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The Day of Pentecost was the beginning of the charismata or spiritual gifts. This was the day that had been looked forward to for hundreds of years, the day that God poured out His Spirit on all flesh as He had done in a measure for His holy prophets. The disciples, at Jesus command, had done many wondrous signs and miracles but the power to do these things was given to them only for a season. Now the Holy Spirit was to abide in the Church forever.

A number of the charismata were demonstrated on that first day and those days immediately following. Those that observed, a~d they were many, marveled at the works of God and in adoration, joy, and thankfulness joined the ever increasing number of disciples. The multitudes recognized the power of God in the gifts which the disciples demonstrated. This attraction brought various kinds of people; those seeking help and insight into God's Word and Way, and also unprincipled characters seeking self-glory, fame and riches.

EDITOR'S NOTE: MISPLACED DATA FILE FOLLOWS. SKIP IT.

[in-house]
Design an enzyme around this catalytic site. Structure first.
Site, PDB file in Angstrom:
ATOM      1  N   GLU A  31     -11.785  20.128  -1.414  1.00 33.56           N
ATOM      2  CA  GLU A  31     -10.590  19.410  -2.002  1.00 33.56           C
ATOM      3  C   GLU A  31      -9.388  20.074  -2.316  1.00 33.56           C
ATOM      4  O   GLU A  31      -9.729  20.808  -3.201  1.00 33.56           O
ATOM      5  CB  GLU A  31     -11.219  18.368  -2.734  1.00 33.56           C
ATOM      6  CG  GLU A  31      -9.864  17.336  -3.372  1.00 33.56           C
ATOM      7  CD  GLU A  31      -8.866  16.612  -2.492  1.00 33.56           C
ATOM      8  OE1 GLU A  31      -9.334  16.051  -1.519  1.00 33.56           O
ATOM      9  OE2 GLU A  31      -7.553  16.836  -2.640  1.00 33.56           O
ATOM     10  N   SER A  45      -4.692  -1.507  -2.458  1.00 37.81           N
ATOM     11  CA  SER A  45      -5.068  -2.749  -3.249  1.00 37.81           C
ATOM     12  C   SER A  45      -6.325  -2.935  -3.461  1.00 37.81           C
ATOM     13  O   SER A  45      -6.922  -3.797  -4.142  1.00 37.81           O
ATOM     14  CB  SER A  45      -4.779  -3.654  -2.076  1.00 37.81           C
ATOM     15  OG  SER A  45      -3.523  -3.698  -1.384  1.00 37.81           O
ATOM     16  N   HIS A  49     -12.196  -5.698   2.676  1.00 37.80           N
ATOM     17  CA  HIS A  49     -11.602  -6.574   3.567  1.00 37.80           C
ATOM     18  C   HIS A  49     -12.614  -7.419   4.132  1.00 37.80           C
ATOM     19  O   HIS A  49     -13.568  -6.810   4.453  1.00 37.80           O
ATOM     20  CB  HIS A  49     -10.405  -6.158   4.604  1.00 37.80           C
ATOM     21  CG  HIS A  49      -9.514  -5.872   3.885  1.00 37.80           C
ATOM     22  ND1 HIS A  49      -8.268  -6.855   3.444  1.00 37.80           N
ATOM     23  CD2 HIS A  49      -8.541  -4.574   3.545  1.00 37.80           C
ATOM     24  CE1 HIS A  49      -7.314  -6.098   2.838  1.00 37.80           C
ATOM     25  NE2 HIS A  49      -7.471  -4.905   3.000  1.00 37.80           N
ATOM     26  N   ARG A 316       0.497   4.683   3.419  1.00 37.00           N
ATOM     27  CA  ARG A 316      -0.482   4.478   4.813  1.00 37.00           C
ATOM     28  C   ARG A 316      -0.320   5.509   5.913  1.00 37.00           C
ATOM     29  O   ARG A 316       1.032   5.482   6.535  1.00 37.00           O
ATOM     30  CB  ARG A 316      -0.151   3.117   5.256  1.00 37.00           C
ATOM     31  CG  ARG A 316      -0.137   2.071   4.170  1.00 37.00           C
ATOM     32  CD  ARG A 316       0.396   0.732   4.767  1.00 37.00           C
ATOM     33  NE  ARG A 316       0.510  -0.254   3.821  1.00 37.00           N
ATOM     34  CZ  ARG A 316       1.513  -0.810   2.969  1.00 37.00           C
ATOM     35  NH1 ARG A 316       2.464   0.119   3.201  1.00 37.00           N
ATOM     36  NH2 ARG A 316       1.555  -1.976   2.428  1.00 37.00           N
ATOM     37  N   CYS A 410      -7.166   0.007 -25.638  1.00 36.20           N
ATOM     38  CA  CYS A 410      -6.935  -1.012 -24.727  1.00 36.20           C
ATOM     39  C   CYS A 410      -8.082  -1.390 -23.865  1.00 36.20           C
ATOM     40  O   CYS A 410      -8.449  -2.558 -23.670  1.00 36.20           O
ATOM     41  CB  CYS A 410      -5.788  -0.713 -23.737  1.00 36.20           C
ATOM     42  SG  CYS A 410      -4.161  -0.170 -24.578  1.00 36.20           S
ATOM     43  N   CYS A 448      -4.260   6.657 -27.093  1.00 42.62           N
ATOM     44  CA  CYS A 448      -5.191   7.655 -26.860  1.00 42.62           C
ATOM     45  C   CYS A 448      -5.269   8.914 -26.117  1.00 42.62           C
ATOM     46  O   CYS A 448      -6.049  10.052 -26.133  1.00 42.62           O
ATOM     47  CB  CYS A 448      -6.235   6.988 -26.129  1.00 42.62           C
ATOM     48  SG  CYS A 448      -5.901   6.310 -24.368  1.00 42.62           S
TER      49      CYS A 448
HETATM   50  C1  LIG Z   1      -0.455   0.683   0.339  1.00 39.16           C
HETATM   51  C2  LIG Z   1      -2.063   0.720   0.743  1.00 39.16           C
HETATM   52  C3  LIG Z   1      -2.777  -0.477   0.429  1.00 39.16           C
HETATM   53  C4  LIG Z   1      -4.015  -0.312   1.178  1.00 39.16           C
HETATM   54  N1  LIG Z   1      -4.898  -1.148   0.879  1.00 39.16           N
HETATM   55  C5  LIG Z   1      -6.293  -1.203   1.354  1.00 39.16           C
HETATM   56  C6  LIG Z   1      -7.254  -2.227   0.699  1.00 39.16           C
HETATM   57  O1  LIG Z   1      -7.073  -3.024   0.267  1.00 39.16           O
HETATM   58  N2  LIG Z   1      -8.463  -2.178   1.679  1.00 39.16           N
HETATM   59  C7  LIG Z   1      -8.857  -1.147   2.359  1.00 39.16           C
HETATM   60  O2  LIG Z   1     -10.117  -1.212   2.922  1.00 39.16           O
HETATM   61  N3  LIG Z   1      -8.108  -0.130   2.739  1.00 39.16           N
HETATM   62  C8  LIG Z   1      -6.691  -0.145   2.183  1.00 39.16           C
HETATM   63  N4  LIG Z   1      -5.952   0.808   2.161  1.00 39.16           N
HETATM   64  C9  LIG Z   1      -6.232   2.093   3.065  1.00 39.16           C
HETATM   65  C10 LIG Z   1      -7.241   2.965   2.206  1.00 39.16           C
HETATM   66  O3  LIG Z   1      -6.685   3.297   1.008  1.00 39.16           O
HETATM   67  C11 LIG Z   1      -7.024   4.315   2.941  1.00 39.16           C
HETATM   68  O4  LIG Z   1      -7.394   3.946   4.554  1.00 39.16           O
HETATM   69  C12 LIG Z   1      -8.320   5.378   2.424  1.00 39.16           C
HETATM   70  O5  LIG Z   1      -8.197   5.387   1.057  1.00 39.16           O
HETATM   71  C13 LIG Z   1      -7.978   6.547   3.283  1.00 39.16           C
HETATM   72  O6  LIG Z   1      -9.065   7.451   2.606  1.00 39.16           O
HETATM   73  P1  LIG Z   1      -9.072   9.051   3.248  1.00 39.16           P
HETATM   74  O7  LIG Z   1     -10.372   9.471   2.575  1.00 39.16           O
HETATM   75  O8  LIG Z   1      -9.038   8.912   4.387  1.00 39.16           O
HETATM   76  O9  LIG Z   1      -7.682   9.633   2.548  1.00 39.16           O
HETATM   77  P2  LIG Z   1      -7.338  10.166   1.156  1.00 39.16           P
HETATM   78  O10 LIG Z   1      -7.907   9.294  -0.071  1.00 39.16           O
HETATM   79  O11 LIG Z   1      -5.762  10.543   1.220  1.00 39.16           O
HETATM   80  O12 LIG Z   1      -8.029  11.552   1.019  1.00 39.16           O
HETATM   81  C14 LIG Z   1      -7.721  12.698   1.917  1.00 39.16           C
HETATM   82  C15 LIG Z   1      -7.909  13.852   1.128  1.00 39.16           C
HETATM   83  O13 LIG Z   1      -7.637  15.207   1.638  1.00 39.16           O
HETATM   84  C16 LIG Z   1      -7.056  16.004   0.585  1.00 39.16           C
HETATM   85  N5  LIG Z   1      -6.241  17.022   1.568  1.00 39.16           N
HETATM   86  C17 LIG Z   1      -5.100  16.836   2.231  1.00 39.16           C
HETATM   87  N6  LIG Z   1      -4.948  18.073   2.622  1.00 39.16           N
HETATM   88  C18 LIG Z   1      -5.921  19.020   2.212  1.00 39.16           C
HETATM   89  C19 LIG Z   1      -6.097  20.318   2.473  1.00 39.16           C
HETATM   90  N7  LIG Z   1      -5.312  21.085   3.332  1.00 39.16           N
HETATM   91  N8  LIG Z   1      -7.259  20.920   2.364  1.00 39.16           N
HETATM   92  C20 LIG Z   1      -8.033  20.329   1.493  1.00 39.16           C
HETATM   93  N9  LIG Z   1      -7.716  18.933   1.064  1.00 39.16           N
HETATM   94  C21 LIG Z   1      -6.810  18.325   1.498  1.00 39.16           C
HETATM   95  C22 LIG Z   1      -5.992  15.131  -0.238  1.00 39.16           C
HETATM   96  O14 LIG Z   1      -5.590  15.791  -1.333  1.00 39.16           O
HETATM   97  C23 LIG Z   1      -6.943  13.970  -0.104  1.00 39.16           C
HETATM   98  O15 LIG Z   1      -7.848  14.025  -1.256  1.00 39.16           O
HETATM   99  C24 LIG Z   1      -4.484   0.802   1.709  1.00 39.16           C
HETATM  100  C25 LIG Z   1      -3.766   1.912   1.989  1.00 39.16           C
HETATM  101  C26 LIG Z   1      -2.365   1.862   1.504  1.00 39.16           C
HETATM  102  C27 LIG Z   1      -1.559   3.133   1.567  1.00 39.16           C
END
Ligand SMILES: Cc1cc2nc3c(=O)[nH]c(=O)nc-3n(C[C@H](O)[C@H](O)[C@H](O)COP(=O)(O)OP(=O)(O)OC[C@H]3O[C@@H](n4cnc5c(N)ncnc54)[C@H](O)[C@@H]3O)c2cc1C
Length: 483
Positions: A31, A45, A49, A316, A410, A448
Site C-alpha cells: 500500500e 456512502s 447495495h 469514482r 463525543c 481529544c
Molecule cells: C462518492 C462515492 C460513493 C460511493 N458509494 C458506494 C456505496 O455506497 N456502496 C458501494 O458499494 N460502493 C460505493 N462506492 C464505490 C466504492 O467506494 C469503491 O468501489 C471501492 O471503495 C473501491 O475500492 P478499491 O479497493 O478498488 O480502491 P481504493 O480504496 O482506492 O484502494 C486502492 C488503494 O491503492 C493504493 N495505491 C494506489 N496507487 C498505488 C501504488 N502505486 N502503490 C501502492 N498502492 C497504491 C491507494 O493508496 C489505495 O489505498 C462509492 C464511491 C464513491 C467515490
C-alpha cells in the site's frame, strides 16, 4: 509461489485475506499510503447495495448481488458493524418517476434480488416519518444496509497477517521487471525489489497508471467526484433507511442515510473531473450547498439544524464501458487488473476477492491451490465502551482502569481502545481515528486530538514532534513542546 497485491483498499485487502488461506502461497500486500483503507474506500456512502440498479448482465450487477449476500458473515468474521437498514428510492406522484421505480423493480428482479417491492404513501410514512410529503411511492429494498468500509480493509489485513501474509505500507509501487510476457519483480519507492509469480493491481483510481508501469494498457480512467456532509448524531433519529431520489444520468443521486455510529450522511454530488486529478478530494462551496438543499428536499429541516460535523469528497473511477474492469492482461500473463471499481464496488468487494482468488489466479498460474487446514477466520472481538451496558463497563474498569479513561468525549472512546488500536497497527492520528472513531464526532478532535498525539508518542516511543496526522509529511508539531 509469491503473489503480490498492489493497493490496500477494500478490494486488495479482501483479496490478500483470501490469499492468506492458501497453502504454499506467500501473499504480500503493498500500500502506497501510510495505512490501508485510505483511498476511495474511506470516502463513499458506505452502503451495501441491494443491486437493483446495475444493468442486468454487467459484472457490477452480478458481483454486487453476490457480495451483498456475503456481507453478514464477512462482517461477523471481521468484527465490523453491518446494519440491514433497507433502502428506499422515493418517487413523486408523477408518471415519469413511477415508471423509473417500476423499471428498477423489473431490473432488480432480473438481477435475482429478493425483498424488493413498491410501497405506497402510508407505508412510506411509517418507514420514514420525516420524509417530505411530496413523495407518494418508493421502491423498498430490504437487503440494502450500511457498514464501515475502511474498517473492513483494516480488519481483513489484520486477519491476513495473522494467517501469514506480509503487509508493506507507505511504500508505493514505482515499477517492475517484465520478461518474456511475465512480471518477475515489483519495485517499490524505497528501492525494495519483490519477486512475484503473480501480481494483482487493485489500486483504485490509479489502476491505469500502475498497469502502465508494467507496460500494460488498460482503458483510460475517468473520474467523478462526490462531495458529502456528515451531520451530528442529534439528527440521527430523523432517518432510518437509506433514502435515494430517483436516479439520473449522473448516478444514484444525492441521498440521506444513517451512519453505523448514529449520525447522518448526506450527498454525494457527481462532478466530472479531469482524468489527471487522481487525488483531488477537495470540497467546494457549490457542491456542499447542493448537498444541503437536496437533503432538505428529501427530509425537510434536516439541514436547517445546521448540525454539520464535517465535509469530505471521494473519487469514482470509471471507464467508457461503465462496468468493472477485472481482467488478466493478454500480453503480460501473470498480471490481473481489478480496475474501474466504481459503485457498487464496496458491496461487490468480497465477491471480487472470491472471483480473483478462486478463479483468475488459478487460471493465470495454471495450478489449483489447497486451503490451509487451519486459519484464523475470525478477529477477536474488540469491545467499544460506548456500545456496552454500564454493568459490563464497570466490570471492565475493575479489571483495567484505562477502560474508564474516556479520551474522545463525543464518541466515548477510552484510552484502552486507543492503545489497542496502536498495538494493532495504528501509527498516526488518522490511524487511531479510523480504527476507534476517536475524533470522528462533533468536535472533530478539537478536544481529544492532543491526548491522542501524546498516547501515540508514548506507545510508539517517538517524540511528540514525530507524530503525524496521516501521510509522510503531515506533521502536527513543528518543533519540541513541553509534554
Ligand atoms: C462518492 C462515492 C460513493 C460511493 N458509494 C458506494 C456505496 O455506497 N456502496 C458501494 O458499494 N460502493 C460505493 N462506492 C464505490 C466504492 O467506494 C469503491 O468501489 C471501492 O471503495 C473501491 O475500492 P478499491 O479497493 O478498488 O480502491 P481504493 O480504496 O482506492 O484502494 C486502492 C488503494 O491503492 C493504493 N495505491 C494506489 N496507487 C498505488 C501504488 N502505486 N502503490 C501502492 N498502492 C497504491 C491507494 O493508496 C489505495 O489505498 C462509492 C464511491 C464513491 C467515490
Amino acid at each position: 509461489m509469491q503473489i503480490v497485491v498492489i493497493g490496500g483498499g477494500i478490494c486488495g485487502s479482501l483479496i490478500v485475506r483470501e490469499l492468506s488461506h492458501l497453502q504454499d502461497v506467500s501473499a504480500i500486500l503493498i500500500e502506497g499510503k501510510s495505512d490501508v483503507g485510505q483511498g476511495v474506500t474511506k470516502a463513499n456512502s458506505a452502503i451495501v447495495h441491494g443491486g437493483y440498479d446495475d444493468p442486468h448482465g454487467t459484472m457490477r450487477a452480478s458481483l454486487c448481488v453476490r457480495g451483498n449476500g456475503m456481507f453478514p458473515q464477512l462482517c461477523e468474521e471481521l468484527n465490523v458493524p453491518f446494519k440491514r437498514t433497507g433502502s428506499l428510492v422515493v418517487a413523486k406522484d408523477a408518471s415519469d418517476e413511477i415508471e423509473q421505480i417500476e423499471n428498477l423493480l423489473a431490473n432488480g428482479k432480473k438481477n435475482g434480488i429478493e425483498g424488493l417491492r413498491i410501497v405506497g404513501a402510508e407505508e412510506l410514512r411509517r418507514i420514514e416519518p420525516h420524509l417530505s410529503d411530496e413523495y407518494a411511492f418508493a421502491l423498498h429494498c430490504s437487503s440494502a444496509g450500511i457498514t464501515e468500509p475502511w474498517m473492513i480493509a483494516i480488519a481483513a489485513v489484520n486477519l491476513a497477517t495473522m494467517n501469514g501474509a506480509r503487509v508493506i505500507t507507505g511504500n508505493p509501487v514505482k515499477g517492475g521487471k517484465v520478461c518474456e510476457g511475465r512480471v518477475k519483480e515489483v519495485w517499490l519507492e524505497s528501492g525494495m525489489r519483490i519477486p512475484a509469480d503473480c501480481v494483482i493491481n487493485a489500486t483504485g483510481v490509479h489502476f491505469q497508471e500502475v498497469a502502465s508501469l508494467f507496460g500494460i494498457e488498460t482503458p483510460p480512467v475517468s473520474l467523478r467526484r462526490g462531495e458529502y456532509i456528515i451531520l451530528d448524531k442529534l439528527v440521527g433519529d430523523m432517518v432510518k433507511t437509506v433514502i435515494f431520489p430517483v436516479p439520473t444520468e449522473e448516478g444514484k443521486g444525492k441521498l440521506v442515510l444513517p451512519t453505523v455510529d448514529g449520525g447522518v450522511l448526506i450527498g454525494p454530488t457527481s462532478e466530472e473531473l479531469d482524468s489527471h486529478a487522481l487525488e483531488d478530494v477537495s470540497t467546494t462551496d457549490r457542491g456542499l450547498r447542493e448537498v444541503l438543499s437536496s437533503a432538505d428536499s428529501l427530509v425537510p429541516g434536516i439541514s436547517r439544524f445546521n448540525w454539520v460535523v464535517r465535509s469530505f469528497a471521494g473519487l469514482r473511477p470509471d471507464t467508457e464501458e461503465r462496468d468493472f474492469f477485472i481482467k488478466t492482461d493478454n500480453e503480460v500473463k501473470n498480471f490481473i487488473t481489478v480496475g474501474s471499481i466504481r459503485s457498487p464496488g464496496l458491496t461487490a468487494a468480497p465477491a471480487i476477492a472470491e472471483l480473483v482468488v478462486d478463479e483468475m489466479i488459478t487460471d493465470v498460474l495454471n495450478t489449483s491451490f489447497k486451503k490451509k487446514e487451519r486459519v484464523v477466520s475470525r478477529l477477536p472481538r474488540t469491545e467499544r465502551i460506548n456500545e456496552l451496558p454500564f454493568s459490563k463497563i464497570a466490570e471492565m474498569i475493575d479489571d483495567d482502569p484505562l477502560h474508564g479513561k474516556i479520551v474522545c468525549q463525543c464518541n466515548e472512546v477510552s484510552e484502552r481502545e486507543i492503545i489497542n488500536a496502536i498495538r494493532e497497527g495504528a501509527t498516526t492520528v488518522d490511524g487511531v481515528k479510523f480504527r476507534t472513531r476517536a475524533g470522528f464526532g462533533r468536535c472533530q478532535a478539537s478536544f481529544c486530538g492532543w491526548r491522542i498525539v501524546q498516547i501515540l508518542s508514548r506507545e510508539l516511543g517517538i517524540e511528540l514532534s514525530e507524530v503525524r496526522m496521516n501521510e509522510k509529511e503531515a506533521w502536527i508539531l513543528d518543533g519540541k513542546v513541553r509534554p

Greek and Latin education and philosophy began to find its way into the thinking of the people. The apostles worked hard to instruct the church and maintain the spiritual vigor, but the gifts began to vanish from the main stream of Christianity. B,y the fourth century the gifts had become an extraordinary thing.

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